This is one of the dumbest ad hominem arguments I’ve seen in a major newspaper for quite a while:
>My younger son calls the Toyota Prius a “hippie car,” and he has a point. Not that Prius drivers are hippies. Toyota says that typical buyers are 54 and have incomes of $99,800; 81 percent are college graduates. But, like hippies, they’re making a loud lifestyle statement: We’re saving the planet; what are you doing?
>This helps explain why the Prius so outsells the rival Honda Civic Hybrid. Both have similar base prices, about $22,000, and fuel economy (Prius, 60 miles per gallon city/51 highway; Civic, 49 mpg city/51 highway). But Prius sales in the first half of 2007 totaled 94,503, nearly equal to all of 2006. Civic sales were only 17,141, up 7.4 percent from 2006. The Prius’s advantage is its distinct design, which announces its owners as environmentally virtuous. It’s a fashion statement. Meanwhile, the Civic hybrid can’t be distinguished by appearance from the polluting, gas-guzzling mob.
The dumb thing is that Samuelson doesn’t even disagree with the idea of cutting greenhouse gas emissions (he’s not a George Will global warming denier). Later in the piece he argues that very drastic things ought to be done:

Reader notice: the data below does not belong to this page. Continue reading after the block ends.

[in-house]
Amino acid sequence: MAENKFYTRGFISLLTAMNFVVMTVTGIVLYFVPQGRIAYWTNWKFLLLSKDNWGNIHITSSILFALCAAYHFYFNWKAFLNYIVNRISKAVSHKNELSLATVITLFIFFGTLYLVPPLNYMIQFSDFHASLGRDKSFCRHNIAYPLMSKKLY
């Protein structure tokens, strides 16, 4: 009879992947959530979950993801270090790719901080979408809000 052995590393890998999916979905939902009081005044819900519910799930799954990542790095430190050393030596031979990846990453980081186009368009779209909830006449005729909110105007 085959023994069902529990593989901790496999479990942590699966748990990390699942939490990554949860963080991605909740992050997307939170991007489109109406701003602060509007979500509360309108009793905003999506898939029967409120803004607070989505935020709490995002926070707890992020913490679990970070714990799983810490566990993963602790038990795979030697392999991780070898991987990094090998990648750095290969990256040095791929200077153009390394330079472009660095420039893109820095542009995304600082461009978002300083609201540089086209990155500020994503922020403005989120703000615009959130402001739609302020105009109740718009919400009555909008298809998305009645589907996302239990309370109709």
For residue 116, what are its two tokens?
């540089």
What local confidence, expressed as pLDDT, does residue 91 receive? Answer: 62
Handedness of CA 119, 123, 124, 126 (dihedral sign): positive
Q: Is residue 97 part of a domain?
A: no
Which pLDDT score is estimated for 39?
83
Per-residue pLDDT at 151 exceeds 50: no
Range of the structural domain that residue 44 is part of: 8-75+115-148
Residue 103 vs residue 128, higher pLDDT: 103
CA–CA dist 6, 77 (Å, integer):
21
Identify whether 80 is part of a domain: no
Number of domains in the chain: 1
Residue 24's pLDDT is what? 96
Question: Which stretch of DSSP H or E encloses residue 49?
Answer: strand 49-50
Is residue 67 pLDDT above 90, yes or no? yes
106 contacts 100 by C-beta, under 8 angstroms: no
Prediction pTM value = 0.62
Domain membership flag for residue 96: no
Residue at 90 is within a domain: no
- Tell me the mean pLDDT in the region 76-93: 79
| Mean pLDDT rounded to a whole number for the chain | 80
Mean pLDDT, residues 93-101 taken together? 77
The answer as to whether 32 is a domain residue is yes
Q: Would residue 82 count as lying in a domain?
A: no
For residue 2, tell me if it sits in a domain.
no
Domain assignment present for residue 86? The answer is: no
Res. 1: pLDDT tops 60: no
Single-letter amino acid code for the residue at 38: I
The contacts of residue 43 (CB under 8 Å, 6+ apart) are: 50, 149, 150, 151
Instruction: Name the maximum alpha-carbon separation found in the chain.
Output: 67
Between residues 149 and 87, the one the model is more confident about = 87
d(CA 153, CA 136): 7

>But we’ve got to start somewhere, right? Okay, here’s what Congress should do: (a) gradually increase fuel economy standards for new vehicles by at least 15 miles per gallon; (b) raise the gasoline tax over the same period by $1 to $2 a gallon to strengthen the demand for fuel-efficient vehicles and curb driving; (c) eliminate tax subsidies (mainly the mortgage interest rate deduction) for housing, which push Americans toward ever-bigger homes. (Note: If you move to a home 25 percent larger and then increase energy efficiency 25 percent, you don’t save energy.)
Samuelson’s problem is that actions such as driving a Prius are not adequate by themselves to curb the accumulation of greenhouse gases. He uses his son’s hippie comment (why are people beating up on hippies now?) to impugn the motives of people who advocate measures that are partial or inadequate. They only do so because it’s fashionable. They don’t really want to curb global warming because they don’t wish for the hard things.
There doesn’t, however, seem to be any reason to think that. At least none that Samuelson offers. And it’s probably the case that no one thinks such measures (driving a Prius vs. a Honda Hybrid) are adequate in the first place. But just because such individual actions are inadequate by themselves, doesn’t mean they and the people who do them are shallow and worthless.